It’s ok, I did get a dystopian – Lord of the Flies. Which, by the way, is still on the GCSE English Literature Curriculum in 2019 along with A Christmas Carol, Macbeth, Romeo and Juliet, An Inspector Calls and Of Mice and Men some 18 years later after I studied them.

To say I’m shocked at how little the curriculum has changed in just under 20 years is an understatement because I cannot believe that just because a book has been around forever that we cannot select from the variety of other books that have also been around forever.

I’m all for studying classics but there’s more than just 5 you know?!

Although A Christmas Carol and Macbeth are older than Goblin Market (1843 and 1606 respectively) I did read something at school that is even older and was read in the long course Religious Studies course I did.

No, I’m not talking about The Bible. I am talking about a work which ties with The Rime of the Ancient Mariner (1798) for the most frustrated I’ve ever felt while reading a narrative poem.

Want a clue? Have a picture:-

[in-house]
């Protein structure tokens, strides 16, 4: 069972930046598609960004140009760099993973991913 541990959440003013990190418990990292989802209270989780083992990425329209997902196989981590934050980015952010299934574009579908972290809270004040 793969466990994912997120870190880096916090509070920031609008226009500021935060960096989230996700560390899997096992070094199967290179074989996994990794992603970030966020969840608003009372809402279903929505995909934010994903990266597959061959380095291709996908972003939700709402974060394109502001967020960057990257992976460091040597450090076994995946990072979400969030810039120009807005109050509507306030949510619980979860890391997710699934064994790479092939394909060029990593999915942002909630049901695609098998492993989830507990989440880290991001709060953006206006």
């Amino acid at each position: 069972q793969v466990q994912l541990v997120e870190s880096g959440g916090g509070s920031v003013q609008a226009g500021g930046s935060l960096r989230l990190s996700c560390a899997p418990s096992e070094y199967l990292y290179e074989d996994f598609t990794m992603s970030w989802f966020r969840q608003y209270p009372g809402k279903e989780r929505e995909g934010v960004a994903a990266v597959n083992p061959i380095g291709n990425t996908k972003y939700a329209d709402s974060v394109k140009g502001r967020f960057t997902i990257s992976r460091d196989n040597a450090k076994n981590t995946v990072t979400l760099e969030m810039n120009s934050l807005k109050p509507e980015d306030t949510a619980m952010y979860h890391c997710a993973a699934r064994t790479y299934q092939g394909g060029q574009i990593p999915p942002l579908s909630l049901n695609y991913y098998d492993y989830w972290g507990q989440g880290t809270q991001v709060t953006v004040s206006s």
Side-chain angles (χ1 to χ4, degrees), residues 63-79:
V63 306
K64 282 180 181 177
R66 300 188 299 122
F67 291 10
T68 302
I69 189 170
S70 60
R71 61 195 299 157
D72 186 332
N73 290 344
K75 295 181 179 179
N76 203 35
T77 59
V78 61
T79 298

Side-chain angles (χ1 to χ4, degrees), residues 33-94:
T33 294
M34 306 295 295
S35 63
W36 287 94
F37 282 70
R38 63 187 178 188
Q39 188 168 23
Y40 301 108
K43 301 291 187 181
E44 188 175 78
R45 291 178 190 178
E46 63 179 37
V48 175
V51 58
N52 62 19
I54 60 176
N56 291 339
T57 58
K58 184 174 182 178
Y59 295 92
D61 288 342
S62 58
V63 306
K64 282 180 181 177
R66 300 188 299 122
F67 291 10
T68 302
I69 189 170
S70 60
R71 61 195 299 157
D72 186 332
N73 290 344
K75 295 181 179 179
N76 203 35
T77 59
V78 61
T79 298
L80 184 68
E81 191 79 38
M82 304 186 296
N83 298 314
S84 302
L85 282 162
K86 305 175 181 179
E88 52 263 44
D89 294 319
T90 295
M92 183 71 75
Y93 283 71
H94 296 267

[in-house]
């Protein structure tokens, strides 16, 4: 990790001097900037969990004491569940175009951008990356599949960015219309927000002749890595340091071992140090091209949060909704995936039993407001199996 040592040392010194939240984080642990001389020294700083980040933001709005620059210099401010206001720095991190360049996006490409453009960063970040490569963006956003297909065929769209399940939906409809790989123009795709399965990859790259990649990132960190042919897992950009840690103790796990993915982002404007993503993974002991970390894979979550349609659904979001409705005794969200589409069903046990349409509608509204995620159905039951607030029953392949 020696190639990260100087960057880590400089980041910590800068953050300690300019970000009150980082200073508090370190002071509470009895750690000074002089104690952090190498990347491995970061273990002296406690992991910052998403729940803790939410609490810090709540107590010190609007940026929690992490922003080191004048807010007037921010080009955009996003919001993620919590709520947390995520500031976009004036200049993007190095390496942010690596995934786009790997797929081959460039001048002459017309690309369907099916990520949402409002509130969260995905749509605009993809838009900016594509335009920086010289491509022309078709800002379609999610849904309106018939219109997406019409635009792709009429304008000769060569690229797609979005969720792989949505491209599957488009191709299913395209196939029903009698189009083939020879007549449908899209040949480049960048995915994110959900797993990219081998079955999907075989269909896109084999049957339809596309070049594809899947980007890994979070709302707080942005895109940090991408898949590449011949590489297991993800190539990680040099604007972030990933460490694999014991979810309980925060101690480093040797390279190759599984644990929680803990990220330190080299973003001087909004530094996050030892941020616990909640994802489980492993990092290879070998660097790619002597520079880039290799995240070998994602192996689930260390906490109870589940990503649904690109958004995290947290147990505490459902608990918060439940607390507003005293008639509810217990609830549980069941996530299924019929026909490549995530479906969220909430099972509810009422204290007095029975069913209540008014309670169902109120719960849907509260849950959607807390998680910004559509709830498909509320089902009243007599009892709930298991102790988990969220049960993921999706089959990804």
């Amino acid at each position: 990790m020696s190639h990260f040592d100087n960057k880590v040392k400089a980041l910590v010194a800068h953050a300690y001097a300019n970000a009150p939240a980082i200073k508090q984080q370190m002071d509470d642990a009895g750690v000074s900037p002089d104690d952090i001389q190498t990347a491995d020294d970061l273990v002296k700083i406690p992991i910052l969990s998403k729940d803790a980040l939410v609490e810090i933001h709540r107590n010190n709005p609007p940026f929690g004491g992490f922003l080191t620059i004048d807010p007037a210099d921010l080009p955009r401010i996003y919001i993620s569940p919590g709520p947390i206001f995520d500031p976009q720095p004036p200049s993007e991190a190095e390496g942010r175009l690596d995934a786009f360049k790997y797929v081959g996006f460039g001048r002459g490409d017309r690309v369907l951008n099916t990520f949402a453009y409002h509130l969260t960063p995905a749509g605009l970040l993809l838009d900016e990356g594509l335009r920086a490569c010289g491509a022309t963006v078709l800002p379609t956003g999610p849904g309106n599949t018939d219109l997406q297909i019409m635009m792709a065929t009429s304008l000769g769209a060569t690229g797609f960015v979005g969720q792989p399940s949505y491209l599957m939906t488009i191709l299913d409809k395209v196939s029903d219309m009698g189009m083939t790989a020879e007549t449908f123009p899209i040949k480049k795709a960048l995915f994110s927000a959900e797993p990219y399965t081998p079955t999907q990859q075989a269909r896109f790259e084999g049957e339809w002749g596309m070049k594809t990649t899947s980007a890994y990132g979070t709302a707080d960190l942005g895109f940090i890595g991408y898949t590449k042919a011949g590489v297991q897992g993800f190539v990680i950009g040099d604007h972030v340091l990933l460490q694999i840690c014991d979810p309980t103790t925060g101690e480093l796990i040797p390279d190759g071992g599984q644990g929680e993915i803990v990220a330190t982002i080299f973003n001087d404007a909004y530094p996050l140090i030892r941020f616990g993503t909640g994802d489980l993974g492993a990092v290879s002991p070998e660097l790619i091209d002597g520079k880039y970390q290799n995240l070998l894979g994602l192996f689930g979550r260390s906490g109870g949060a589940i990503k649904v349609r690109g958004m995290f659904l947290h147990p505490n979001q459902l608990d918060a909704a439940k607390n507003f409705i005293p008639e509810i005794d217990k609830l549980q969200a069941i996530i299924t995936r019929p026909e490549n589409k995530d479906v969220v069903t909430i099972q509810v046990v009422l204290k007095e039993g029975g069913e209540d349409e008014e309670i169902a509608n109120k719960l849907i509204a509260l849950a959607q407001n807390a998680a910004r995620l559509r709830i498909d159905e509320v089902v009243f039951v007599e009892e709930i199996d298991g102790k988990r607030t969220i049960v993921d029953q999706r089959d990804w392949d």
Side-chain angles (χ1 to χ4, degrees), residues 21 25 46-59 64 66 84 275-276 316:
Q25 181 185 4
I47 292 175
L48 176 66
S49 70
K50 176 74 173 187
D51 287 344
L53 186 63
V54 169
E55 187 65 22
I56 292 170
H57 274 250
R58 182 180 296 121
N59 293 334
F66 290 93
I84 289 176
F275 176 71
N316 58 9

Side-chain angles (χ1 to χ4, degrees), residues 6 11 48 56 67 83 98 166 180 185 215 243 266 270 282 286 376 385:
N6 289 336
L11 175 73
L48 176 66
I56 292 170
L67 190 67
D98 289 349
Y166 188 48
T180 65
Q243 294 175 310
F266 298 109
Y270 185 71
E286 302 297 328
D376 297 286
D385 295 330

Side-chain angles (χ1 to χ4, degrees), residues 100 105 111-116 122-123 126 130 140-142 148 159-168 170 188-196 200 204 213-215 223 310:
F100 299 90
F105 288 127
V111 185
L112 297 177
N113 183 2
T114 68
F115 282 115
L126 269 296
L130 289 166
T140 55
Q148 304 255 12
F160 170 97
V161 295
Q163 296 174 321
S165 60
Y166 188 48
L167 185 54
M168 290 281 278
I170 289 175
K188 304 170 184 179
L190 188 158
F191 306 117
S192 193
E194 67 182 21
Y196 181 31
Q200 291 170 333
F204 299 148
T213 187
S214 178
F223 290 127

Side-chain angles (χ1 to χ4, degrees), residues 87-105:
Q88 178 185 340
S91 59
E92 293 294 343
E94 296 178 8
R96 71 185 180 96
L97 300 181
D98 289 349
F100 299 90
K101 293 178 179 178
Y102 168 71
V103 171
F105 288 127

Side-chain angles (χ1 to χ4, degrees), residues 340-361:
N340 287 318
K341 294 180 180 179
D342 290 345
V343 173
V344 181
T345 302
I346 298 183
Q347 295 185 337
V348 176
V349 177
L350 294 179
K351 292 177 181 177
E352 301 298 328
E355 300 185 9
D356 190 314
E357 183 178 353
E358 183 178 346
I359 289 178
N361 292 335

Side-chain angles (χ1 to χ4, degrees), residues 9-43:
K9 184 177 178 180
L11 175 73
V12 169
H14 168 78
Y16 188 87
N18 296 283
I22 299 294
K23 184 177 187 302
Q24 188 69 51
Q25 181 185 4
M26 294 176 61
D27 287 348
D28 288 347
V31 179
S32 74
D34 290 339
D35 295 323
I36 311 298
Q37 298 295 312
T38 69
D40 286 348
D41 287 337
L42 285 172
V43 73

Dante and Virgil

This is ‘Dante and Virgil’ painted in 1850 by William-Adolphe Bouguereau depicting one of many scenes that Dante saw on his travels through the afterlife with his guide.

Oh yes, the Divine Comedy by Dante completed in 1320 is one of the oldest (if not the oldest) published pieces of work I remember reading. I also remember wanting to pull my hair out but that’s because the language was so painfully convoluted and I was 16.

The story though is pretty interesting and some of the imagery has stuck with me after all this time. Not bad for a story pushing 700 years old.


*GCSE’s are a UK qualification that are taken by school children when they are 15/ 16 years old. I don’t know what they are like now but when I did them there were about 12 subjects to pass with multiple pieces of coursework and exams for each subject. I know much has changed but the general level of stress and anxiety felt sadly seems to be the same.